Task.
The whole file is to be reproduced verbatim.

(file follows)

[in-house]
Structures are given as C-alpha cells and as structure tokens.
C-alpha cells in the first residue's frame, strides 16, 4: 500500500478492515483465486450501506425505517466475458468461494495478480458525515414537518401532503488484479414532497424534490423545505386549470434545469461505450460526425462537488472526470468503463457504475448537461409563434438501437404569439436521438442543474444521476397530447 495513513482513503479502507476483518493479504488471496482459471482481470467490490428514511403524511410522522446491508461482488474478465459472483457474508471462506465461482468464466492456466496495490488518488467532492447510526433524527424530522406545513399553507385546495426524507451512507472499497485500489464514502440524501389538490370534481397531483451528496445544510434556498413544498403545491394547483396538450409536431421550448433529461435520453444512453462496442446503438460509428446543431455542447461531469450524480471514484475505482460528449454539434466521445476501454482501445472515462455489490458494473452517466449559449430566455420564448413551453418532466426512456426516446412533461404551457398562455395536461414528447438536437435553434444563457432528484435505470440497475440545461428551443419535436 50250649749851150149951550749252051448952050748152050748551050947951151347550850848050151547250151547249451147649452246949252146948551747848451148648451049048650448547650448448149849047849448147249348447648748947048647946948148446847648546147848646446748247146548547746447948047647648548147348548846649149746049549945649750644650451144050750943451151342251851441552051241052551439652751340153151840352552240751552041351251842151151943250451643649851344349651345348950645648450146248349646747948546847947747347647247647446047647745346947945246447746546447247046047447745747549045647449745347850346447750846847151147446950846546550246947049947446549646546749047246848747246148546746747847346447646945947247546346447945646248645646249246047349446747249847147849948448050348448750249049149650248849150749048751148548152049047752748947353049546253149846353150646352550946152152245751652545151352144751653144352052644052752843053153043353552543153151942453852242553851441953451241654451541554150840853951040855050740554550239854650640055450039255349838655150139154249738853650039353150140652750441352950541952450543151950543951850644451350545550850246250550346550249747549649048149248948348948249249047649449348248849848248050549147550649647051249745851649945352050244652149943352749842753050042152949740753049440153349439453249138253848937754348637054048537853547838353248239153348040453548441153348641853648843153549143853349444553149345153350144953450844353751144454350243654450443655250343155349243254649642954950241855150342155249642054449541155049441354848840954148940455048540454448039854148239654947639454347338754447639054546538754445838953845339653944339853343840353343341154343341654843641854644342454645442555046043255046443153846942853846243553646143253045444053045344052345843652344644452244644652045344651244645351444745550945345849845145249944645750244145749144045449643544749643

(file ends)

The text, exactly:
[in-house]
Structures are given as C-alpha cells and as structure tokens.
C-alpha cells in the first residue's frame, strides 16, 4: 500500500478492515483465486450501506425505517466475458468461494495478480458525515414537518401532503488484479414532497424534490423545505386549470434545469461505450460526425462537488472526470468503463457504475448537461409563434438501437404569439436521438442543474444521476397530447 495513513482513503479502507476483518493479504488471496482459471482481470467490490428514511403524511410522522446491508461482488474478465459472483457474508471462506465461482468464466492456466496495490488518488467532492447510526433524527424530522406545513399553507385546495426524507451512507472499497485500489464514502440524501389538490370534481397531483451528496445544510434556498413544498403545491394547483396538450409536431421550448433529461435520453444512453462496442446503438460509428446543431455542447461531469450524480471514484475505482460528449454539434466521445476501454482501445472515462455489490458494473452517466449559449430566455420564448413551453418532466426512456426516446412533461404551457398562455395536461414528447438536437435553434444563457432528484435505470440497475440545461428551443419535436 50250649749851150149951550749252051448952050748152050748551050947951151347550850848050151547250151547249451147649452246949252146948551747848451148648451049048650448547650448448149849047849448147249348447648748947048647946948148446847648546147848646446748247146548547746447948047647648548147348548846649149746049549945649750644650451144050750943451151342251851441552051241052551439652751340153151840352552240751552041351251842151151943250451643649851344349651345348950645648450146248349646747948546847947747347647247647446047647745346947945246447746546447247046047447745747549045647449745347850346447750846847151147446950846546550246947049947446549646546749047246848747246148546746747847346447646945947247546346447945646248645646249246047349446747249847147849948448050348448750249049149650248849150749048751148548152049047752748947353049546253149846353150646352550946152152245751652545151352144751653144352052644052752843053153043353552543153151942453852242553851441953451241654451541554150840853951040855050740554550239854650640055450039255349838655150139154249738853650039353150140652750441352950541952450543151950543951850644451350545550850246250550346550249747549649048149248948348948249249047649449348248849848248050549147550649647051249745851649945352050244652149943352749842753050042152949740753049440153349439453249138253848937754348637054048537853547838353248239153348040453548441153348641853648843153549143853349444553149345153350144953450844353751144454350243654450443655250343155349243254649642954950241855150342155249642054449541155049441354848840954148940455048540454448039854148239654947639454347338754447639054546538754445838953845339653944339853343840353343341154343341654843641854644342454645442555046043255046443153846942853846243553646143253045444053045344052345843652344644452244644652045344651244645351444745550945345849845145249944645750244145749144045449643544749643